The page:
Easy to Follow Steps for Setting Up Solid Classroom Rules and Expectations

My top tip for heading back to school is to spend the first six weeks of school building your classroom community.


During these six weeks, usually on the second or third day of school, is the day when classroom rules and expectations are created.


In order for this to be successful, make it a COLLABORATIVE PROCESS!


Here's what this looks like in my classroom:


FIRST:

I gather my students in our meeting area. I open the discussion by explaining that we'll work together to create rules for our classroom.


We have a brief chat about what rules are, and why they are important.


creating classroom rules accessing prior knowledge discussion questions


These questions allow me to tap into your students prior knowledge and lead into the rule creation process.


NEXT:

I have my students simply brainstorm rules they think are important to follow in their classroom. I'll record every. single. one. down.


We end up with quite a list, but that's okay! The important thing is that all students are feeling heard, and their ideas are being recorded.


THEN:

After we have our mega list and the ideas start to slow down, here's where the true facilitation comes in on my end.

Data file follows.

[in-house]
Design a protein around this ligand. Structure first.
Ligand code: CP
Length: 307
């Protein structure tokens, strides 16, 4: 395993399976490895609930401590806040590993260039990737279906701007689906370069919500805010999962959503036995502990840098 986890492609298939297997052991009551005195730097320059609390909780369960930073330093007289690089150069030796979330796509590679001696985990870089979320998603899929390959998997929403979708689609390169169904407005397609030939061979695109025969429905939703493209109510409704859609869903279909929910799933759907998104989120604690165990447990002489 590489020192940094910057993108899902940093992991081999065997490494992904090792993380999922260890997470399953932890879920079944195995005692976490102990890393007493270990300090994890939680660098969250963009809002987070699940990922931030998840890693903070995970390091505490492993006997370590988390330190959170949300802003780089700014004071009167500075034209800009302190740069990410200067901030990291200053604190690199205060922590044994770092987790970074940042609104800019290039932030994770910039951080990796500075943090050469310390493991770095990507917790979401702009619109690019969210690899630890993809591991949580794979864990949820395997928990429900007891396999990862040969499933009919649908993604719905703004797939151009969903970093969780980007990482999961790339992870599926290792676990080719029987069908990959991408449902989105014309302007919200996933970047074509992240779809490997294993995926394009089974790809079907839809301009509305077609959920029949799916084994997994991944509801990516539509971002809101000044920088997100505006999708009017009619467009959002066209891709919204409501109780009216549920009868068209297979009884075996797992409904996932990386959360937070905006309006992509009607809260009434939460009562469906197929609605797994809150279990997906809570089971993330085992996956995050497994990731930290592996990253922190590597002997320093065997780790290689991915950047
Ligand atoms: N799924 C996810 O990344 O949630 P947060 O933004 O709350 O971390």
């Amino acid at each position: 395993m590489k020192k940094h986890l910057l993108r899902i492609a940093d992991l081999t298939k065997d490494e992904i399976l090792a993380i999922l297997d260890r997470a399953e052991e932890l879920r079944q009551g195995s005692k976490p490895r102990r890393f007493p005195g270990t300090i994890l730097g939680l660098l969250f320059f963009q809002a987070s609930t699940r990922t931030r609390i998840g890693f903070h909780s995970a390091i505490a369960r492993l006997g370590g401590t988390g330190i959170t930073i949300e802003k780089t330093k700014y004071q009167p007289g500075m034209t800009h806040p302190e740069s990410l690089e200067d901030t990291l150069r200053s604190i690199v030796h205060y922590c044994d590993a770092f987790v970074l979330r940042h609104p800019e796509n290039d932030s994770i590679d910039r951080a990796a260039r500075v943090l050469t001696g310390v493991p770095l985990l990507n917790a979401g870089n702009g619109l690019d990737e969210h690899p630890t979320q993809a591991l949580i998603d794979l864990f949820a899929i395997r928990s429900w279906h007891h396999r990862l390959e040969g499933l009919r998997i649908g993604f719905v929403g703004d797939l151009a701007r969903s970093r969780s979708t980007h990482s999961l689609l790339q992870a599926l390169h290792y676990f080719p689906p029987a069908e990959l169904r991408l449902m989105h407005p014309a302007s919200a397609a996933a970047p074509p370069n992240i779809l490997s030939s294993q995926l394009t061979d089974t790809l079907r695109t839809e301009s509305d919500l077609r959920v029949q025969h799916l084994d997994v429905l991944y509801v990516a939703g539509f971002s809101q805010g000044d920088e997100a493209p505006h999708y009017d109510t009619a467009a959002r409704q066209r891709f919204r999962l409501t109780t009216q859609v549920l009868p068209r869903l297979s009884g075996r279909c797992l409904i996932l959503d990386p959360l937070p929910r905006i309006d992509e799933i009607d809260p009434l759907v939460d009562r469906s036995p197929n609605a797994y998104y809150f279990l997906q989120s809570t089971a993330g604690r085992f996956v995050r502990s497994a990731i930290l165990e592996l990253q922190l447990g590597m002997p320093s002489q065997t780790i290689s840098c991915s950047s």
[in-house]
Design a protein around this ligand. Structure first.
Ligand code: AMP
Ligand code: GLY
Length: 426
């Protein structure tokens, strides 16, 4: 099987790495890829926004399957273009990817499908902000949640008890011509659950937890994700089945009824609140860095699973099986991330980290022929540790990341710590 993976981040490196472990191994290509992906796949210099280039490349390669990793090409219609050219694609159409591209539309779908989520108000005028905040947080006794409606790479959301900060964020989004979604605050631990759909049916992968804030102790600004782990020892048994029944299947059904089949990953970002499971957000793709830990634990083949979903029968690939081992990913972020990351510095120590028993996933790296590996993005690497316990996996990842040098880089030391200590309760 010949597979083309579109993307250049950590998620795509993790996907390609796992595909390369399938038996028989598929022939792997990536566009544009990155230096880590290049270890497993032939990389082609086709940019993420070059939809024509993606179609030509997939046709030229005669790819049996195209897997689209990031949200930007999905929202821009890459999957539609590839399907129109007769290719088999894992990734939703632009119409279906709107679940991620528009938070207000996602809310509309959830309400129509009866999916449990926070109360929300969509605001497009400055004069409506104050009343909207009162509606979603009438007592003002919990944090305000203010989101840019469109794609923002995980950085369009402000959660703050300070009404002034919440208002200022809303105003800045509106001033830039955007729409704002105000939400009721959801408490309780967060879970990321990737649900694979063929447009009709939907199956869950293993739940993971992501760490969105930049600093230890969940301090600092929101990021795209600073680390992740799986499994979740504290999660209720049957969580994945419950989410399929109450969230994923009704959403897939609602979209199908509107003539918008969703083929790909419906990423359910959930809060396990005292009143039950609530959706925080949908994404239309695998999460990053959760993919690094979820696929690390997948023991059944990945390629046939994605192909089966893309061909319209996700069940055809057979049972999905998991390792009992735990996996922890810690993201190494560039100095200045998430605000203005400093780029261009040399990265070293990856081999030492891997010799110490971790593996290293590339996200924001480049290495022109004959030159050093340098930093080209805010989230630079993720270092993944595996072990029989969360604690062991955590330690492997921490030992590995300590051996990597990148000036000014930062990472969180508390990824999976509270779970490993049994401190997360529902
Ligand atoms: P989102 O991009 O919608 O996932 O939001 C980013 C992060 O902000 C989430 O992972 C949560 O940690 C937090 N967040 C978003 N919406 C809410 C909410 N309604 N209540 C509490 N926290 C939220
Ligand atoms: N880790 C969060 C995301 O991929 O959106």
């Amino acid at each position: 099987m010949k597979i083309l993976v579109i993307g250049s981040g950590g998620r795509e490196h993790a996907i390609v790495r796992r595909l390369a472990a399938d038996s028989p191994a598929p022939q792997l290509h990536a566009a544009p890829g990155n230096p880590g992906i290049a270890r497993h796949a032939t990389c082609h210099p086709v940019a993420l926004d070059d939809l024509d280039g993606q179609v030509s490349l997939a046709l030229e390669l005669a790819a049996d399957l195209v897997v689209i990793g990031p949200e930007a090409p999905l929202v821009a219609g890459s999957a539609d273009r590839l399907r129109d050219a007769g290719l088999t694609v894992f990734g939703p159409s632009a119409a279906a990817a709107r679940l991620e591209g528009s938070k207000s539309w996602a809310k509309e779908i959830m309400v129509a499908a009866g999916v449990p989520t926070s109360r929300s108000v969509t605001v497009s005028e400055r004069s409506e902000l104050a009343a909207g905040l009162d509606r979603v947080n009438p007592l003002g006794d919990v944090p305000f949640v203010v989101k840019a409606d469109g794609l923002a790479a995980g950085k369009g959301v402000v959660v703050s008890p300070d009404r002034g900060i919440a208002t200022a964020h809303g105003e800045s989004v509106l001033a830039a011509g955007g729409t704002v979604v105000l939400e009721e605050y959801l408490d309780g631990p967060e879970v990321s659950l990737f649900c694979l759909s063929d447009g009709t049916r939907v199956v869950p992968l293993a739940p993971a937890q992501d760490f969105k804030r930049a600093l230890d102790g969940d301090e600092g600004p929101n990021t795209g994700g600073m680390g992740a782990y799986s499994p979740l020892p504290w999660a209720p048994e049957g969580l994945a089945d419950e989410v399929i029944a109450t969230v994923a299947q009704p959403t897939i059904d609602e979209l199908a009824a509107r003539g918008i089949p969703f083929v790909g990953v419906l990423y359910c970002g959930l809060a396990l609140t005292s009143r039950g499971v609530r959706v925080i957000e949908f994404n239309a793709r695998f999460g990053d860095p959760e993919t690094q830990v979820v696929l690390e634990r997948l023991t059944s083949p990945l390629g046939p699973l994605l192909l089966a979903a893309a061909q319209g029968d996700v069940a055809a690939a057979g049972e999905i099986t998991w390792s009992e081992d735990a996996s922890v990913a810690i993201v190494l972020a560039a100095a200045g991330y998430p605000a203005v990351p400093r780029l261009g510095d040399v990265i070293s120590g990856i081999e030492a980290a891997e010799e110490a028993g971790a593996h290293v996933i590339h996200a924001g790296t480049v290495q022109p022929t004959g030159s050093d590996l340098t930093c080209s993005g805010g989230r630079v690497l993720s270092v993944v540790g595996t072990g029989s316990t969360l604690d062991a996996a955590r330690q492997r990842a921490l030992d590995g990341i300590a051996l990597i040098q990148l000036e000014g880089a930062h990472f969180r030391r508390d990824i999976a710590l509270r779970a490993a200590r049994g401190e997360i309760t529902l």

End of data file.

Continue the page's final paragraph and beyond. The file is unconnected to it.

I begin grouping similar ideas together with the end goal of creating five simply worded classroom rules in mind.


The conversation goes something like this:


Me: "Wow, these are a lot of really important expectations! We have such a great list here that it could be hard to remember all of them. I notice that we have no running, use scissors the right way, and no jumping in the classroom. Those all sound like being... oh, what's that really important word that starts with an 's'..."


The students readily jump in to help me "remember" this word. 😉  Excitedly, I get exclaims of "Be SAFE!"


FINALLY:

The process of grouping similar ideas together continues, until our list looks something like this.


A list of classroom rules


The important thing to note is that the simply worded expectations are framed with positive language. Beginning each rule with "Be..." is a great way to do this.


  • Be Safe.
  • Be Respectful.
  • Be Responsible.
  • Be Kind.
  • Be Positive.


Ultimately, am I deciding on the five classroom rules? Yes. Do my students have a role in creating them? Yes.


By making the creation of rules a collaborative process, students will have a deeper understanding of what "being safe" looks like, or what "being respectful" sounds like.


The year kicks off with my students taking ownership of their space and caring for their community!


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You'll find these five rules, plus EDITABLE options in my TpT store!

Classroom rules posters

classroom rules posters

classroom rules editable posters

After your list of classroom rules is created and finalized, you can use these brightly colored posters to display them in your classroom!

With editable options, you'll be able to best meet the needs of your students.

Happy community building!

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